Posted by: Deirdre Des Jardins | October 29, 2018

Prop 3: Can California Afford to End Beneficiary Pays?

Local Costs for Water Supply are $27 billion a year

The Public Policy Institute of California estimated that the California water sector spent an average of $27 billion a year from 2008-2011 on water supply and wastewater treatment, about 84% of which was spent locally.

Water Sector Spending, 2008-2011 Source: 2017 CVFPP Highlights

Natural Resources general fund expenditures are $3.6 billion a year

In 2018-2019, general fund expenditures for Natural Resources total $3.6 billion. Due to ballooning Natural Resources bond debt, debt service is about 33% of general fund expenditures in the Natural Resources area in the 2018-2019 budget.

From 2000-2009, voters approved $19.6 billion in bonds primarily for water supply, water quality, and flood protection – almost quadruple the amount issued from 1990-1999.

If Proposition 3 is passed, Natural Resources bond debt authorized since 2000 will reach $40 billion, more than Transportation bonds, which total $29.9 billion.

The Treasurer’s Debt Affordability reports show that since 2000, California’s general obligation bond debt has quintupled — going from $17.9 billion in 2000 to $89.6 billion in 2018.


Debt service went from 3.0% of general fund expenditures in 2002-2003 to 6.4% in 2017-2018.  The increase resulted in a shift of $4.3 billion in 2017-18 general fund expenditures to debt service from 2002-2003.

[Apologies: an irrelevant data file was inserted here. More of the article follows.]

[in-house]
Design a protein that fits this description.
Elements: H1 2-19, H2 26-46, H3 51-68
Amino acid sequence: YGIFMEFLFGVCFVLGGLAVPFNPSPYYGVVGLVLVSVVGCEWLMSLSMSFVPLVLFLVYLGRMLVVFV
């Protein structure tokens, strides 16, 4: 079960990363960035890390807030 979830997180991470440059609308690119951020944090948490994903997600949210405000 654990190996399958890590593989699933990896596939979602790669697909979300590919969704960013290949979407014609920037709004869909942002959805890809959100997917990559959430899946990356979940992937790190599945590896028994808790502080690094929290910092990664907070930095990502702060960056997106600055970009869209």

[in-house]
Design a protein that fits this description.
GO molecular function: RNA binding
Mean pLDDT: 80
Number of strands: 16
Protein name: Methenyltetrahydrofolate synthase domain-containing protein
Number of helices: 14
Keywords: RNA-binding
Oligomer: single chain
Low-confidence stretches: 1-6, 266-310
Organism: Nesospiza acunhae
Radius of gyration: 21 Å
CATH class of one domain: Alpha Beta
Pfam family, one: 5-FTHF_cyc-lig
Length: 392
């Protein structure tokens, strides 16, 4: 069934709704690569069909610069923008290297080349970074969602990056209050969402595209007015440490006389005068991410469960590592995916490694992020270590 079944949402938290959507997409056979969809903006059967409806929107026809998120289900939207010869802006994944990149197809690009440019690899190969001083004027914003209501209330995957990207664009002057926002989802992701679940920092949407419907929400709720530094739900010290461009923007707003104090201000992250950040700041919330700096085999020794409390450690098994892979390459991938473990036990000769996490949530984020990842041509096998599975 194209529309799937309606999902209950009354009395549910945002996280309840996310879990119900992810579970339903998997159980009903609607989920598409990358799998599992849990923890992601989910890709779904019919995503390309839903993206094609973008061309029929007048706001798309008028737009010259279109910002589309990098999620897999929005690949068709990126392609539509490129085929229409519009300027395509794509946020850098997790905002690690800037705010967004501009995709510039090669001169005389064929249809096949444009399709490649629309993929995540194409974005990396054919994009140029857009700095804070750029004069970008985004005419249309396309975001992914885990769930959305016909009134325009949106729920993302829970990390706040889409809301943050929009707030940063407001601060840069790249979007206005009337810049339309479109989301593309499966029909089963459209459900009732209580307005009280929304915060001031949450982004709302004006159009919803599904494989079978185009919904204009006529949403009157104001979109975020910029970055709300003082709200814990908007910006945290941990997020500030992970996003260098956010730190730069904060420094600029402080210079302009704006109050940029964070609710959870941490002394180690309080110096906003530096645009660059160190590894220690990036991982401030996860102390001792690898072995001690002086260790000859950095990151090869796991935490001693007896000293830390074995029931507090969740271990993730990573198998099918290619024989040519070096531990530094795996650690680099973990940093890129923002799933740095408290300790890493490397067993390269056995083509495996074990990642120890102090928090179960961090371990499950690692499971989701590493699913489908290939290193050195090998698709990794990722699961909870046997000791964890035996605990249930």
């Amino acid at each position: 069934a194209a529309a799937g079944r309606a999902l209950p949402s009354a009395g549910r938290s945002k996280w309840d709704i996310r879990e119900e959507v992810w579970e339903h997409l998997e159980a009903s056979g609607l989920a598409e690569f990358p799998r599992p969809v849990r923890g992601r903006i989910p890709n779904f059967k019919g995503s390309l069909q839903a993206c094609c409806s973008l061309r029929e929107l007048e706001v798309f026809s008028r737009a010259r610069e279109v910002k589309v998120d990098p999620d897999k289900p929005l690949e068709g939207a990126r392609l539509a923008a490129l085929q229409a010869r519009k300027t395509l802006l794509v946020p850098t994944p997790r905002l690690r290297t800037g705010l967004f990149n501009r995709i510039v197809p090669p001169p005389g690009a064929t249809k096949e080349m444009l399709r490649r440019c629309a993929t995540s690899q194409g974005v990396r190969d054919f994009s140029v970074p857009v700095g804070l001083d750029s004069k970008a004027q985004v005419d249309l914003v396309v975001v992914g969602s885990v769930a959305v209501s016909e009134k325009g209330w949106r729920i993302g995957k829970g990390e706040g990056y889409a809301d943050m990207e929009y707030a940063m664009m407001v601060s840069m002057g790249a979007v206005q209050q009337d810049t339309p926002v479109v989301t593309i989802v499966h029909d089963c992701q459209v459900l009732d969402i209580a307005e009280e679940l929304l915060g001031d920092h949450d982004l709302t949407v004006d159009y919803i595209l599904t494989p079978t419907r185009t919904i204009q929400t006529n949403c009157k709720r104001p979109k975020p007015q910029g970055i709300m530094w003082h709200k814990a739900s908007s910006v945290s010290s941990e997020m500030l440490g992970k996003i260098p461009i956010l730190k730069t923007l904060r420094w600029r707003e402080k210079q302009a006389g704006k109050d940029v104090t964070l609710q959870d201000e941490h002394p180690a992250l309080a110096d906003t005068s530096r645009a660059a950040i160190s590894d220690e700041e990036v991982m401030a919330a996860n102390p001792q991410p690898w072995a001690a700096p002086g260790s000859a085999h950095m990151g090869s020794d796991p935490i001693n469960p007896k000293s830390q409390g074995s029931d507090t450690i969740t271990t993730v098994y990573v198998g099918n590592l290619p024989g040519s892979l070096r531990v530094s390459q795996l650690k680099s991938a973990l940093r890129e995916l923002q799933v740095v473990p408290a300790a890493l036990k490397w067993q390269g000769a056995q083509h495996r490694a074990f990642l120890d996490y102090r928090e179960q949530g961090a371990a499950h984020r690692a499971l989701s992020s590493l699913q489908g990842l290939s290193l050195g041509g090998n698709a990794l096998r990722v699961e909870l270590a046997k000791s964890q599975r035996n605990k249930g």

Proposition 3 will require $433 million a year in debt service, and $580 million at the peak. Proposition 68 will require $200 million a year in debt service. The funds will likely come out of other areas of the budget.

California’s final 2018-2019 budget agreement provides an example of potential impacts of the shift of $633 million in general fund revenue which would be needed to pay for Proposition 68 and Meral’s proposed bond. Over the amount proposed in the May Revision, the Los Angeles Times reported that California counties got an increase of $250 million for homeless services, and state health, emergency and social service programs got a $100 million increase. The University of California system got an increase of $100 million, and California State University system got an increase of $200 million. This was a total of $650 million.


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